The to result in a conflict of interests between

The Neo-Classical Theory of the Firm

Maximisation of profits is when marginal revenue in a firm
is equal to marginal costs. The neo-classical theory of the firm is a concept
that suggests that the only goal of a firm is to maximise profits and that all
other goals are secondary and likely to be achieved through profit
maximisation. This theory assumes that the manager of the business is also its
owner and that factors of production must always be rewarded. One could argue
that in theory, most if not all firm objectives can be traced back to a core
goal of profit maximisation. For example, if a company’s goal is to increase
production then that, in theory, should lead to profit maximisation the costs
per unit will decrease.

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The Agency Problem

The issue with believing that profit maximisation is the
only goal of the firm is that often there is now a separation between ownership
and management. This has been shown to result in a conflict of interests
between the principals and the agents of the firm. Agents doesn’t always
consider profit maximisation as a priority, which leads to the principals
having to put pressure on them to act in that direction. The agency problem is
often controlled in two ways; remuneration policy and corporate governance. Remuneration
policies vary between companies, but usually include the offering of stock
options and monetary bonuses to the agents. This helps the owners guide their
agents towards desiring profit maximisation as it would lead to higher rewards
for themselves. Another form of countering the principal-agent problem is
corporate governance. Corporate governance is the system used to regulate and lead
firms. In the UK, corporate governance is a legal requirement for listed
companies since June 2010. Through a strictly structured form, the objectives
and goals of the managers will be reconciled with those of the owners, often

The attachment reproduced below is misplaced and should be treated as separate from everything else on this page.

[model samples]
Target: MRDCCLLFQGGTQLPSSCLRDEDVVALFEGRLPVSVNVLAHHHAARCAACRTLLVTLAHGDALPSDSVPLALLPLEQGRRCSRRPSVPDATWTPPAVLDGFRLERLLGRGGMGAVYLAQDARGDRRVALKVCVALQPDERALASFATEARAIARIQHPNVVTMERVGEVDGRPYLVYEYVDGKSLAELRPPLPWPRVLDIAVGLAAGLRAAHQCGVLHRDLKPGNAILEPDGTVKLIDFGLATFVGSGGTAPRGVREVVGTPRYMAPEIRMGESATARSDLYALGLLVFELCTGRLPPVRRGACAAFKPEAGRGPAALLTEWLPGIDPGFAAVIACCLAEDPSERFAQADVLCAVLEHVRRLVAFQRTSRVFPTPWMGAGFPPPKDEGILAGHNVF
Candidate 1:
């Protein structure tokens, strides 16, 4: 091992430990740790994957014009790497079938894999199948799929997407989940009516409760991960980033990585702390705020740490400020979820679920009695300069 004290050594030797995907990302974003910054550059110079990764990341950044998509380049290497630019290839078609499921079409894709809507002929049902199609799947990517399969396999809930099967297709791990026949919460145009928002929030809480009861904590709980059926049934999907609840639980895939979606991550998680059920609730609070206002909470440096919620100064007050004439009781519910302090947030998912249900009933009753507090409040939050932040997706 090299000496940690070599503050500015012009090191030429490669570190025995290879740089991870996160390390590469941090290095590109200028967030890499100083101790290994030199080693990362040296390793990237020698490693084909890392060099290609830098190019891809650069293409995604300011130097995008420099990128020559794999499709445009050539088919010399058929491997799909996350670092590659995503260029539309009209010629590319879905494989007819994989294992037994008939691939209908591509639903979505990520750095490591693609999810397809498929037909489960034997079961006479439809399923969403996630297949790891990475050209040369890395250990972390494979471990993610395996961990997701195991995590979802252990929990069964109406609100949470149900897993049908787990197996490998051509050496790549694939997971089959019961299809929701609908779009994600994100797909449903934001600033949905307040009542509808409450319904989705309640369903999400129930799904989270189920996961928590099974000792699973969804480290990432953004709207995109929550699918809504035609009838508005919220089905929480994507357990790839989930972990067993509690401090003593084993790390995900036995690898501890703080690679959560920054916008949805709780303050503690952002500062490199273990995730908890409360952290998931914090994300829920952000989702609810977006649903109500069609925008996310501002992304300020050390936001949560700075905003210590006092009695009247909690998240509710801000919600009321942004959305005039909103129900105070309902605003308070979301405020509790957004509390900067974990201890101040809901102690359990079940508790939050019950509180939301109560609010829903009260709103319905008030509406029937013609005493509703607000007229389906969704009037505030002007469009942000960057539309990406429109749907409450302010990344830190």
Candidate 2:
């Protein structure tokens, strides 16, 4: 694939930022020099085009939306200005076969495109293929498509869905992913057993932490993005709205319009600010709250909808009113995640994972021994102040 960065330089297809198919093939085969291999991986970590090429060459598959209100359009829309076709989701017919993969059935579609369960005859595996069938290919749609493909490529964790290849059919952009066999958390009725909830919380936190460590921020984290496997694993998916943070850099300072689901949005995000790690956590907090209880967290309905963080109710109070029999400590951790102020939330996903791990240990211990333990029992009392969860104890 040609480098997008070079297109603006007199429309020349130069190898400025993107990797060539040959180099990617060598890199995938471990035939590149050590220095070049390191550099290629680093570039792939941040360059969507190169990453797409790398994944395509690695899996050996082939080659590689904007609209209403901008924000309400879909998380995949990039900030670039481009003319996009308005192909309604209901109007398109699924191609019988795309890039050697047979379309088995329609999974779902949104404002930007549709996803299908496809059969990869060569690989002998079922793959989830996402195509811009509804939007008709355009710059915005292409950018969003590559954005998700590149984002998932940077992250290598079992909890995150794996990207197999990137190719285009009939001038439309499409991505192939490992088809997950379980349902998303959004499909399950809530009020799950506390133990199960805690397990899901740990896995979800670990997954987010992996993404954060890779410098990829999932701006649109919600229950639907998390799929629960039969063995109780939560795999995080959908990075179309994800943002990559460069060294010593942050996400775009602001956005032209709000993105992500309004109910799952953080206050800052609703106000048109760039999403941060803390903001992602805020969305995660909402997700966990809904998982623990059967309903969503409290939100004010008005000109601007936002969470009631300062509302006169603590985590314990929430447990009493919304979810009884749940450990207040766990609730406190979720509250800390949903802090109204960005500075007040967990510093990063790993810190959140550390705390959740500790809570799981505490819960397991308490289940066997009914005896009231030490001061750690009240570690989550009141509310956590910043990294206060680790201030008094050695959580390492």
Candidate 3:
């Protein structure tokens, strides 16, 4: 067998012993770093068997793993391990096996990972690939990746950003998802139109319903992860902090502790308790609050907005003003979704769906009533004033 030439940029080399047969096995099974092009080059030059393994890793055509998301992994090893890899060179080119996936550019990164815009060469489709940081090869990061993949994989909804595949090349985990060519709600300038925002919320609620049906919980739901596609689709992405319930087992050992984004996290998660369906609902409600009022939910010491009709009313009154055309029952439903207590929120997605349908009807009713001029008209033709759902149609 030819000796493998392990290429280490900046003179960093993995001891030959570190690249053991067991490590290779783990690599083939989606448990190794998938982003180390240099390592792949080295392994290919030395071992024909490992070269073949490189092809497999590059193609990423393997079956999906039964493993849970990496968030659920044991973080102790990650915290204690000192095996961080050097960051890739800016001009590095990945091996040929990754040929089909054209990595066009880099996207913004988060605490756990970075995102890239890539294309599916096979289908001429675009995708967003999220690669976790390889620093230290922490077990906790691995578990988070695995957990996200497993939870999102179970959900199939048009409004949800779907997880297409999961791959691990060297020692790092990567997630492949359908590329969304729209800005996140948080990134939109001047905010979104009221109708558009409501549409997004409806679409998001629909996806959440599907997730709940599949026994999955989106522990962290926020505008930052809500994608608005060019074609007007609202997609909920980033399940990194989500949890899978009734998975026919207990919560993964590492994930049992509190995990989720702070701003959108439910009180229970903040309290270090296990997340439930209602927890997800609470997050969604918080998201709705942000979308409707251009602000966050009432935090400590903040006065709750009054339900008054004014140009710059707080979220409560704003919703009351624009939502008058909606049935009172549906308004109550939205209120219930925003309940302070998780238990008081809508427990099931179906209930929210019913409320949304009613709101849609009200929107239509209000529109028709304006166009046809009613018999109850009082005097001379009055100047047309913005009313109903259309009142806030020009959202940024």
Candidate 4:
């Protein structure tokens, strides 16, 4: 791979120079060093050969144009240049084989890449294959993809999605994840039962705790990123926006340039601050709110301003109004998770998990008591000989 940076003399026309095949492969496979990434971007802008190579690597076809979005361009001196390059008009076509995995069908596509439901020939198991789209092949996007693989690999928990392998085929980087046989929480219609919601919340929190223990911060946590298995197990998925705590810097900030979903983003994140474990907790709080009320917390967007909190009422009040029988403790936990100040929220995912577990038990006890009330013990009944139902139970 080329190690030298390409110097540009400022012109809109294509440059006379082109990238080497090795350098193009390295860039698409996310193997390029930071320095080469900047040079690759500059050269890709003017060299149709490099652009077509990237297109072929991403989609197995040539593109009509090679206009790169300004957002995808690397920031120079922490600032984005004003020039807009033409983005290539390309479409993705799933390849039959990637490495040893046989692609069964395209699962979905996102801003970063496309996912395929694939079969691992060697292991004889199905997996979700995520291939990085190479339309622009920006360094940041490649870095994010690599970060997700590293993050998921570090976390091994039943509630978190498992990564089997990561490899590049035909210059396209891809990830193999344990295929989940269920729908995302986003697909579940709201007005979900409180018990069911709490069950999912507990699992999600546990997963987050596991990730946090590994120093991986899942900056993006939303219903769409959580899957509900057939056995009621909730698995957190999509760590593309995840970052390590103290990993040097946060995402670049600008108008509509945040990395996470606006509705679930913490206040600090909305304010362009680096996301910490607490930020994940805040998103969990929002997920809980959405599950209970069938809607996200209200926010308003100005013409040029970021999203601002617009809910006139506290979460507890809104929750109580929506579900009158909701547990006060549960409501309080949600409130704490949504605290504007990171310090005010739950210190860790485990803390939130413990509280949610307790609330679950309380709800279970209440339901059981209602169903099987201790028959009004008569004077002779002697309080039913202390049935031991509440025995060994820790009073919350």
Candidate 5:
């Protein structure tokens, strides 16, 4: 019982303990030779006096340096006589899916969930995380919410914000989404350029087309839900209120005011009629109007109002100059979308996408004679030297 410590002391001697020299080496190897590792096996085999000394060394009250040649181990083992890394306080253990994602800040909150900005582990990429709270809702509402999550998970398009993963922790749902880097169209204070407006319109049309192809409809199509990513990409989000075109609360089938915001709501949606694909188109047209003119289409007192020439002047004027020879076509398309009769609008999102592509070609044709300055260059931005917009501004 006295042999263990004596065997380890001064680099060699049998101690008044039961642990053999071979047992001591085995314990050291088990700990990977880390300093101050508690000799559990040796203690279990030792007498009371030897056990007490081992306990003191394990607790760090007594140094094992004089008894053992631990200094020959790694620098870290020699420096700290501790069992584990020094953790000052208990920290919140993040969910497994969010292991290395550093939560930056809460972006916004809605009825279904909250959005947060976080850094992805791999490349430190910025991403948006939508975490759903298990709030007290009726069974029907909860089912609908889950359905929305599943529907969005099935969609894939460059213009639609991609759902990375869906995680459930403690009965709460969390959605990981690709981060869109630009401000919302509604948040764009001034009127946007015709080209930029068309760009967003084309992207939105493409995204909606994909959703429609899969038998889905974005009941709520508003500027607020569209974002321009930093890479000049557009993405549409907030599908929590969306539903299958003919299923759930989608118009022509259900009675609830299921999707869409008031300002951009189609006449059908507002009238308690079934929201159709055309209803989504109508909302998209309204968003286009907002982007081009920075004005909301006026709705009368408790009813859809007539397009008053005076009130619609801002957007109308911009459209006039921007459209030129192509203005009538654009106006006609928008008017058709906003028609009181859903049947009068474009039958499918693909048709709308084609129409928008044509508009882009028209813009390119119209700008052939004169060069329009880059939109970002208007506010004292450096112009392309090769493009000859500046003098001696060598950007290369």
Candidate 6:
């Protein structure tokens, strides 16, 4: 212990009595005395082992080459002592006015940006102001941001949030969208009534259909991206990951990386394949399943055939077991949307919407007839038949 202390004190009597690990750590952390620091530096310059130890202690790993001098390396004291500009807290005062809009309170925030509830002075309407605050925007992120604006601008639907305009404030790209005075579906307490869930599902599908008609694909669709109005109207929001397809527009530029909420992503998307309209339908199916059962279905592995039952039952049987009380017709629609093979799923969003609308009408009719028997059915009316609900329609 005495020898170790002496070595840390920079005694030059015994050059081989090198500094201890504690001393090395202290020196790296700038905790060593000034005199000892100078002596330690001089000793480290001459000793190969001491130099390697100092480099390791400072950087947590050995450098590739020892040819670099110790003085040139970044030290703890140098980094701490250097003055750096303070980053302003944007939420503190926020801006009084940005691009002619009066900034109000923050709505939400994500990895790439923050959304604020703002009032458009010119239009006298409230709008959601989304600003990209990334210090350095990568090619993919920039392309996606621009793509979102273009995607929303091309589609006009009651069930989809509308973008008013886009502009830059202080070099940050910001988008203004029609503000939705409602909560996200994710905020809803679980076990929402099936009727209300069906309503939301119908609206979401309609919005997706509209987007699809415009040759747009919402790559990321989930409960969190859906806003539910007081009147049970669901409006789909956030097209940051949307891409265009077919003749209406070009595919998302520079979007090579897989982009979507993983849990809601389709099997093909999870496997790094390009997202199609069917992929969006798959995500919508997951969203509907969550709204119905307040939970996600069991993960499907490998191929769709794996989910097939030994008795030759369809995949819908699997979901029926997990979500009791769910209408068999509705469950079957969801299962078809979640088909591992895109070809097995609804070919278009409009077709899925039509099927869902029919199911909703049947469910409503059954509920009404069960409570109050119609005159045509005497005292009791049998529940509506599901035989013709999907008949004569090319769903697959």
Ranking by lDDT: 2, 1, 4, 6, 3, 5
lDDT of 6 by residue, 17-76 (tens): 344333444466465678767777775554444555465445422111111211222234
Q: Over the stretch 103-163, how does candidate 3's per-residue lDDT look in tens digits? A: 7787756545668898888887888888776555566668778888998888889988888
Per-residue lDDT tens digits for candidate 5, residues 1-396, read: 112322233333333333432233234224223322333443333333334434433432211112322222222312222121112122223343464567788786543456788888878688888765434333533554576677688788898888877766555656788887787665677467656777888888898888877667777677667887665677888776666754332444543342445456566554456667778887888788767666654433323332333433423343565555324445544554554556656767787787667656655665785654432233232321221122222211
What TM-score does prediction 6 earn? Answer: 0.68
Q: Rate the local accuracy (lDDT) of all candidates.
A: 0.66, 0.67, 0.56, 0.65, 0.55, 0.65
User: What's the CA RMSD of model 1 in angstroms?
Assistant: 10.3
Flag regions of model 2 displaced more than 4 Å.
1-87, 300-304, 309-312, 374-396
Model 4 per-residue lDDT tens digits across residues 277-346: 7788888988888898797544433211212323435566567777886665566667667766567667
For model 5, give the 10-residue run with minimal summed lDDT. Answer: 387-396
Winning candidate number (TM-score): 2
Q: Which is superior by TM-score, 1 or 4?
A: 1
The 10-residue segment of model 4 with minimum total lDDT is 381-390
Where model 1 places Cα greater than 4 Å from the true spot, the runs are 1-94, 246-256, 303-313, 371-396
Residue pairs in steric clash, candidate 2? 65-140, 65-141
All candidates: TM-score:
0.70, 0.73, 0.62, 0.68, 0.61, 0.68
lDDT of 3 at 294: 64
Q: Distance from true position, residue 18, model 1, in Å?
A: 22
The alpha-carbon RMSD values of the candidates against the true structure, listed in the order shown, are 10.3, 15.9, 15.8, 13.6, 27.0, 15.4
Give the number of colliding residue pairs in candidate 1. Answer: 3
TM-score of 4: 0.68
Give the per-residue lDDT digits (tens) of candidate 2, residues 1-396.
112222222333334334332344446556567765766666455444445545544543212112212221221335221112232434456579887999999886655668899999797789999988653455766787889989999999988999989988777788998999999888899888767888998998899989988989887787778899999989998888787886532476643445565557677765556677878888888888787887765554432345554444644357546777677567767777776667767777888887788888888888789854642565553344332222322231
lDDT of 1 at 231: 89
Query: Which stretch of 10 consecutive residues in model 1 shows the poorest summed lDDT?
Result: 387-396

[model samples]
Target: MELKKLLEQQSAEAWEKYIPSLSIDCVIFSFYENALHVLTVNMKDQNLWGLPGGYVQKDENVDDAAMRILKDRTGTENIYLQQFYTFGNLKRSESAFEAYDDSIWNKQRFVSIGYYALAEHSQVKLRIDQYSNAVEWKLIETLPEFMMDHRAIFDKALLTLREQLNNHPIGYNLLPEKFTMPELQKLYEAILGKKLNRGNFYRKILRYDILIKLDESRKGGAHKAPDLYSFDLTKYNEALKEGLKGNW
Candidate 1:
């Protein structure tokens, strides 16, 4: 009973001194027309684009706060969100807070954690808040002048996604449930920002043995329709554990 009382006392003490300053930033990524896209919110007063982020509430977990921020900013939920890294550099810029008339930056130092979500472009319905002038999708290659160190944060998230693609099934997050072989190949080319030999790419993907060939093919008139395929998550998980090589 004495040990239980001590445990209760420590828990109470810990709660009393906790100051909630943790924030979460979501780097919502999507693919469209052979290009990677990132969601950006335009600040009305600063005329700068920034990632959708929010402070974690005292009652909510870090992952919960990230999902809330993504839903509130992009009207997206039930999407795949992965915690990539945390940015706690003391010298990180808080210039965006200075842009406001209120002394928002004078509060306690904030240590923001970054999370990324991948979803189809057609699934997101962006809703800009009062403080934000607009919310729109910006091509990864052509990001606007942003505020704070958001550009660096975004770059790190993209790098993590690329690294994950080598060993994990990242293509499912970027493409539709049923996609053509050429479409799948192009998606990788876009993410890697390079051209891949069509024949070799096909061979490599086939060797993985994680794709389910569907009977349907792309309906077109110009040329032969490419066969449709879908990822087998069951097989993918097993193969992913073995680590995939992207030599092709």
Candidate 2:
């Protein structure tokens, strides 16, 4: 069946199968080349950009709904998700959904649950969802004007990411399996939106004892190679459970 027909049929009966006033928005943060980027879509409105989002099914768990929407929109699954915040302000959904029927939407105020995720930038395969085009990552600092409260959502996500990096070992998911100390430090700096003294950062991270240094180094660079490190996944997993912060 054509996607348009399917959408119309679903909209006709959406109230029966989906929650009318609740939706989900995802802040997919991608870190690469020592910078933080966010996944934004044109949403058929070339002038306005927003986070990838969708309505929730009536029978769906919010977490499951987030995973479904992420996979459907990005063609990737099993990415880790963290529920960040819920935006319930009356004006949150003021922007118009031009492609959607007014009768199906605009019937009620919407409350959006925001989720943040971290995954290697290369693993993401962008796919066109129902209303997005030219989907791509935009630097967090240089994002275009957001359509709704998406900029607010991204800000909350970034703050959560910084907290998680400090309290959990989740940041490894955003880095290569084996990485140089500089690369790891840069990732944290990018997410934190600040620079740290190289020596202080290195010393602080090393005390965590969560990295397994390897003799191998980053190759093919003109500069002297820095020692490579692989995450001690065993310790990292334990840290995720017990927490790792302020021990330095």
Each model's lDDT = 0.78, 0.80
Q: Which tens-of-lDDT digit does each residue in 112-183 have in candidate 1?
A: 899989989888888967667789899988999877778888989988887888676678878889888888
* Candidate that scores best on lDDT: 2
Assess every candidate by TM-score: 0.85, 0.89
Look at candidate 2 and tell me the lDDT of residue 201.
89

leading to an increased interest in profit maximisation. This, however, is becoming
criticised as while the will of the shareholders has a stronger value through corporate
governance, other stakeholders’ interests are less weighted when comparing the two
together (Nwafor, 2014). Not everyone agrees that profit maximisation should be
the only goal of the firm, which is becoming clearer as the modern firm evolves.

 Alternative Motives

There are multiple theories surrounding the possible
alternative motives of managers. Two branches of such theories are the
managerialism branch and the behaviourism branch. Managerialism has been
defined as a combination of the knowledge of management and their philosophy to
control business decisions, while withdrawing any decision-making power from
other stakeholders for the frim (Klikauer,2013). Three theorists of the
managerialism concepts are William Baumol, Robin Marris and Oliver E.
Williamson.

 Baumol’s theory of sales revenue maximisation
argues that due to the structure of modern firms, where ownership and
management are separated, agents of the firm are more likely to pursue sales
maximisation as it is a more advantageous goal from their perspective. First,
financial institutions are more willing to finance companies with large
increasing sales. Another argument would be that increasing sales lead to
higher salaries and other earnings, primarily for the managers but also
secondarily for the employees (Baumol, 1976NK1 ).

Marris’ theory of growth maximisation
suggests that managers are motivated to maximise their own utility, which is reliant
on the growth of the firm. The shareholders desires for profit maximisation, Marris
argues, also must be taken into consideration as the manager’s job security is dependant
on the satisfaction of the shareholders. Thus, the firm has two aim, maximising
growth, and profit maximisation which in this theory are reached through differentiated
diversification, the growth of the company through the creation of new products
(Marris, 1968).